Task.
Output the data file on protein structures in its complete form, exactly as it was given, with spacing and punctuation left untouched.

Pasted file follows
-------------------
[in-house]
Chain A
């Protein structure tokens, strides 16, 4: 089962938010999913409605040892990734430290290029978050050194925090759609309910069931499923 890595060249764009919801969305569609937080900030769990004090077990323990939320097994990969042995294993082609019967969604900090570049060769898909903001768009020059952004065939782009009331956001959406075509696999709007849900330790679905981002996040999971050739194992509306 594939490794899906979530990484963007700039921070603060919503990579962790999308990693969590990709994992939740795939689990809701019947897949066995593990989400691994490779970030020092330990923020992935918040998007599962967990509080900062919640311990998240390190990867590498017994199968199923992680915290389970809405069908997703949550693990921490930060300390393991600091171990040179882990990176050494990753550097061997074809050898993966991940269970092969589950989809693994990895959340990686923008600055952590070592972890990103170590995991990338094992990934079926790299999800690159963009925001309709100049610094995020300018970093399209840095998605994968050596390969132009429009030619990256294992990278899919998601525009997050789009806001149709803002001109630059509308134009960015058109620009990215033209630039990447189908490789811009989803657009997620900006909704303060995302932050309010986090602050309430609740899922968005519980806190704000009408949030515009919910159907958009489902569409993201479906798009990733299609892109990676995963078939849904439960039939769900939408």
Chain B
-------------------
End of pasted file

[in-house]
Chain A
């Protein structure tokens, strides 16, 4: 089962938010999913409605040892990734430290290029978050050194925090759609309910069931499923 890595060249764009919801969305569609937080900030769990004090077990323990939320097994990969042995294993082609019967969604900090570049060769898909903001768009020059952004065939782009009331956001959406075509696999709007849900330790679905981002996040999971050739194992509306 594939490794899906979530990484963007700039921070603060919503990579962790999308990693969590990709994992939740795939689990809701019947897949066995593990989400691994490779970030020092330990923020992935918040998007599962967990509080900062919640311990998240390190990867590498017994199968199923992680915290389970809405069908997703949550693990921490930060300390393991600091171990040179882990990176050494990753550097061997074809050898993966991940269970092969589950989809693994990895959340990686923008600055952590070592972890990103170590995991990338094992990934079926790299999800690159963009925001309709100049610094995020300018970093399209840095998605994968050596390969132009429009030619990256294992990278899919998601525009997050789009806001149709803002001109630059509308134009960015058109620009990215033209630039990447189908490789811009989803657009997620900006909704303060995302932050309010986090602050309430609740899922968005519980806190704000009408949030515009919910159907958009489902569409993201479906798009990733299609892109990676995963078939849904439960039939769900939408």
Chain B